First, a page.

Exploring the role of the masterpiece in the western conception of art.
[MUSIC PLAYING] Hello. I'd like to welcome you to this episode of Exploring Art History with Ian. My name is Ian McConnell, and today's lesson is about defining what a work of art is. As you're watching the video, feel free to pause, move forward, or rewind as many times as you feel is necessary. As soon as you're ready we can begin.
Today's objectives, or the things you're going to learn today, are listed below. By the end of the lesson today you'll be able to identify and define today's key terms, explain how the Western concept of the artist has contributed to the idea of the masterpiece, explain why something is not a masterpiece, and compare and contrast, by definition, an artifact with a work of art.
Key terms as always are listed in yellow, and they'll be listed in yellow throughout the lesson. The first key term today is Work of Art, an object that has been designed for its aesthetic appeal or an object that has come to be appreciated as a work of art. Artifact is an object made by a human being, in particular an object of historical or cultural interest. A Masterpiece is a work of outstanding skill or artistry. Originality is the idea that a work of art is the result of an artist's unique vision and not of outside influences, such as other works of art. And on a side note, originality is closely related to the ideas of genius and masterpiece.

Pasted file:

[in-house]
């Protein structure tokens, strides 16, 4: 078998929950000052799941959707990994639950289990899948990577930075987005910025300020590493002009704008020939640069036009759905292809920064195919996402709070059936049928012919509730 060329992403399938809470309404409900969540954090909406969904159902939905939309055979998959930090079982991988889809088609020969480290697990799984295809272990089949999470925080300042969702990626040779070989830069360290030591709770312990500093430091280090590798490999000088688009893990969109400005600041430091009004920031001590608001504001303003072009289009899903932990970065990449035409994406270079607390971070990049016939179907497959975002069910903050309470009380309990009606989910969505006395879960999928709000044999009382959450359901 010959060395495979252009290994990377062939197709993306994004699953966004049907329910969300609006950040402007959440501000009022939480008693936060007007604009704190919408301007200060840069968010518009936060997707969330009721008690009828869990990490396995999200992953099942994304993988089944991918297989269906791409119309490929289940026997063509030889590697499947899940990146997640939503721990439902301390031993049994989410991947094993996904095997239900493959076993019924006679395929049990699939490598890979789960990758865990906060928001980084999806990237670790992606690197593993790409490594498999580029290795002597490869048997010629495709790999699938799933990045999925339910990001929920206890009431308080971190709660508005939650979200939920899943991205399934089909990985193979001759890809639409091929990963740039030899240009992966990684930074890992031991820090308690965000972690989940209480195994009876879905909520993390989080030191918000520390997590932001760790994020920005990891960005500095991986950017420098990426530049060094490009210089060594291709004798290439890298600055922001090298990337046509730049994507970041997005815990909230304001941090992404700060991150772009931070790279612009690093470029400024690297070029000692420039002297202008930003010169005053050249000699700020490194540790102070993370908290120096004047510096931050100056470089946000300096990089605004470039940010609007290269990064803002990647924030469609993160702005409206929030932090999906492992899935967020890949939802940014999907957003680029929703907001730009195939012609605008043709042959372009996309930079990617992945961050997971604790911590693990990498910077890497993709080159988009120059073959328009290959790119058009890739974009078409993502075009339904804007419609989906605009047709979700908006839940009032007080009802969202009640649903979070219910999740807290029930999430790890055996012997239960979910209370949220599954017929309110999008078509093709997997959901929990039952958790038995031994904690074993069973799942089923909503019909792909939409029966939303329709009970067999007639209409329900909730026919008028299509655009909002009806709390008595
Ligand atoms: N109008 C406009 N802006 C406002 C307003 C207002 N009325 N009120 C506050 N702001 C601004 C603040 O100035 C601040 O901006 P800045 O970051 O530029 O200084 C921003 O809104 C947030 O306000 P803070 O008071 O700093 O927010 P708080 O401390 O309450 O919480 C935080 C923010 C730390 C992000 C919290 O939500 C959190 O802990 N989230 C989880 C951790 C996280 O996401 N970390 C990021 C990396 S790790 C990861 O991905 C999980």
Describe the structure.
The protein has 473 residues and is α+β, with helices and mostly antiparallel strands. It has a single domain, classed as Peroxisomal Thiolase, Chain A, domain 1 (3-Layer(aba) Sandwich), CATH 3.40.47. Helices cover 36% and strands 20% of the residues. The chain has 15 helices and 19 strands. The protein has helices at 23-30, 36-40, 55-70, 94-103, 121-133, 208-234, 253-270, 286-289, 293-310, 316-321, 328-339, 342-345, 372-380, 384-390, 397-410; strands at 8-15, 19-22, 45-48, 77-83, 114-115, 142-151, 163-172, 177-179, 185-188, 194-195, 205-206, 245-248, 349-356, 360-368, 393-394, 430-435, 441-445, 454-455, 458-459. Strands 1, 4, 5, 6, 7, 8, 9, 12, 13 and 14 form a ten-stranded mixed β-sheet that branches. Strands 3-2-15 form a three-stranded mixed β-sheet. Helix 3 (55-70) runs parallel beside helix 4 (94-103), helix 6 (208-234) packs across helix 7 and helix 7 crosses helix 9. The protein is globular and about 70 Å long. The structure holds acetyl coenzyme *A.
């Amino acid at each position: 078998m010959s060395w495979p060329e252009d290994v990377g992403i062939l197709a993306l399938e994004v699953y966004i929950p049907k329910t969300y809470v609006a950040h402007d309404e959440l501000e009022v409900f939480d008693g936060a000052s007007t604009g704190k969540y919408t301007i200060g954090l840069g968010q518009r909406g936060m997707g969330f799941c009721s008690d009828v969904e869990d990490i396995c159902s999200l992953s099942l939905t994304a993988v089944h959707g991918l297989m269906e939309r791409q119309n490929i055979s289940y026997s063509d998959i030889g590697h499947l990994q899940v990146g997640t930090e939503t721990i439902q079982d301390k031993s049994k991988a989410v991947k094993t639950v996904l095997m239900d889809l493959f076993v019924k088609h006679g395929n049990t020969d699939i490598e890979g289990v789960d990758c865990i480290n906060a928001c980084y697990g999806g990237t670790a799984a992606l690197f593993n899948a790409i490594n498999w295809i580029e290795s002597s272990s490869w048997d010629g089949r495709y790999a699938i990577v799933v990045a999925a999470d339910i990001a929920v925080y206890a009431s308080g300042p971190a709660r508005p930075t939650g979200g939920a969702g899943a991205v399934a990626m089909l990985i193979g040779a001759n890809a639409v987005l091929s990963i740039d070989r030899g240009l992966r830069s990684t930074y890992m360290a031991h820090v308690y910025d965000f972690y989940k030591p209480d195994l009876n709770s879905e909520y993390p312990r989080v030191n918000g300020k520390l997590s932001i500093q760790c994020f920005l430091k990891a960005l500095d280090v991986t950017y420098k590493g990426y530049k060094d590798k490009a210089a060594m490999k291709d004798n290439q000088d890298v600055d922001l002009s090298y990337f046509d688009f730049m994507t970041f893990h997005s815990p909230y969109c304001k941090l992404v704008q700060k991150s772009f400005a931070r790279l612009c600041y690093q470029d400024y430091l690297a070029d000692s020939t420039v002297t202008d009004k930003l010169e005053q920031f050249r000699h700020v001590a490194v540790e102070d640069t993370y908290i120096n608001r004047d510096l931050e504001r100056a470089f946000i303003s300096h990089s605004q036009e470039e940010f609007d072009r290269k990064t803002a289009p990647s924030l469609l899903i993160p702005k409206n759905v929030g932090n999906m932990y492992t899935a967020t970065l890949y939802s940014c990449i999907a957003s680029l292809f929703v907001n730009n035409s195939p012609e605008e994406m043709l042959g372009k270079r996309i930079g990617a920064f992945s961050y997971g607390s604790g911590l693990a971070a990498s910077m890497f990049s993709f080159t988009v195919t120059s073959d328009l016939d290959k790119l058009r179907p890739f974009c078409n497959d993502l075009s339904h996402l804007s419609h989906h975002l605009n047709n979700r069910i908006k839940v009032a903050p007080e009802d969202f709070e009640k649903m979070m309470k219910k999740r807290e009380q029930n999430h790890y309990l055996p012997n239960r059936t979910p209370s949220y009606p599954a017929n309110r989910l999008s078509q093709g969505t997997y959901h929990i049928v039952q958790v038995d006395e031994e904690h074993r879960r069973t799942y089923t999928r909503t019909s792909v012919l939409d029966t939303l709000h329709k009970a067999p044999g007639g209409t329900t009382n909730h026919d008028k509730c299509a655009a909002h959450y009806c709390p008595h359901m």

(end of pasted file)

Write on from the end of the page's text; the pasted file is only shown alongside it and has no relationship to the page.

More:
The big idea is the common theme or thread that runs throughout the lesson. Today's big idea is that a masterpiece is more than just an artifact. It is a work of art and has contributed to the Western concept of art, which is that every work of art is either a masterpiece or a step toward becoming a masterpiece. Well, for Western scholars the masterpiece is the culmination of an artist's oeuvre. For the artists we're going to study, their oeuvre is a collection of masterpieces or the works that are stepping stones toward becoming masterpieces. And again, and this is important, the artists of the caliber that we're studying either create masterpieces or create works that are stepping stones toward becoming masterpieces.
Here's some masterpiece examples. I chose three artists, Peter Paul Rubens, Leonardo da Vinci, and Michelangelo, and I chose two that were familiar, likely familiar that you've probably seen before, and one that you're probably not as familiar with. And that one is this painting by Peter Paul Rubens titled Descent from the Cross, yes, Descent from the Cross.
Peter Paul Rubens was a Baroque painter who was highly regarded in his ability to evoke a sense of movement and drama in his paintings. He was also well regarded in his ability to paint human anatomy. So if you take a look at the color scheme, you're immediately drawn to the center, the body of Christ as it's being removed from the cross. And speaking of anatomy, if you look closely, you can see how he renders the body in a very corpse-like manner. It looks like a dead body. So the reason that this is considered a masterpiece is it because it encompasses a lot of the characteristics that have come to be associated with Peter Paul Rubens.
Now, this next painting you've probably never seen. I'm kidding. This is the Mona Lisa by Leonardo da Vinci, probably the most famous painting ever and considered one of da Vinci's masterpieces for a number of reasons, one of which is his ability to represent a lifelike quality in this subject's face and hands. He's accurately reproducing the appearance of human skin. The skin looks like it glows almost.